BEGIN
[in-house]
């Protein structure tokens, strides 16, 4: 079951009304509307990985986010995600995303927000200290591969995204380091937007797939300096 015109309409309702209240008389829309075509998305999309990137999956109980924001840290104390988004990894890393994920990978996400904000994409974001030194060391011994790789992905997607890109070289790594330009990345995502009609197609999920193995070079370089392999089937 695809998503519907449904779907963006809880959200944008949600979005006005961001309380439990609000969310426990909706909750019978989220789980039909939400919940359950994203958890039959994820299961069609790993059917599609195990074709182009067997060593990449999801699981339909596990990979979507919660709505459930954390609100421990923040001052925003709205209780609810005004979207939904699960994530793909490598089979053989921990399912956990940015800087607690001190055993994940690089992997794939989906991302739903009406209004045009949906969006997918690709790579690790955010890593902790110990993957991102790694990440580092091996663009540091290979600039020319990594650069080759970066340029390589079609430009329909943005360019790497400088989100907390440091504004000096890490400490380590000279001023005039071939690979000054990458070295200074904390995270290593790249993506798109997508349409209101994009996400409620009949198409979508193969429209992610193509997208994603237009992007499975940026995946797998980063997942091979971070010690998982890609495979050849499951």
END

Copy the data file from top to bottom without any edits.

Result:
[in-house]
């Protein structure tokens, strides 16, 4: 079951009304509307990985986010995600995303927000200290591969995204380091937007797939300096 015109309409309702209240008389829309075509998305999309990137999956109980924001840290104390988004990894890393994920990978996400904000994409974001030194060391011994790789992905997607890109070289790594330009990345995502009609197609999920193995070079370089392999089937 695809998503519907449904779907963006809880959200944008949600979005006005961001309380439990609000969310426990909706909750019978989220789980039909939400919940359950994203958890039959994820299961069609790993059917599609195990074709182009067997060593990449999801699981339909596990990979979507919660709505459930954390609100421990923040001052925003709205209780609810005004979207939904699960994530793909490598089979053989921990399912956990940015800087607690001190055993994940690089992997794939989906991302739903009406209004045009949906969006997918690709790579690790955010890593902790110990993957991102790694990440580092091996663009540091290979600039020319990594650069080759970066340029390589079609430009329909943005360019790497400088989100907390440091504004000096890490400490380590000279001023005039071939690979000054990458070295200074904390995270290593790249993506798109997508349409209101994009996400409620009949198409979508193969429209992610193509997208994603237009992007499975940026995946797998980063997942091979971070010690998982890609495979050849499951």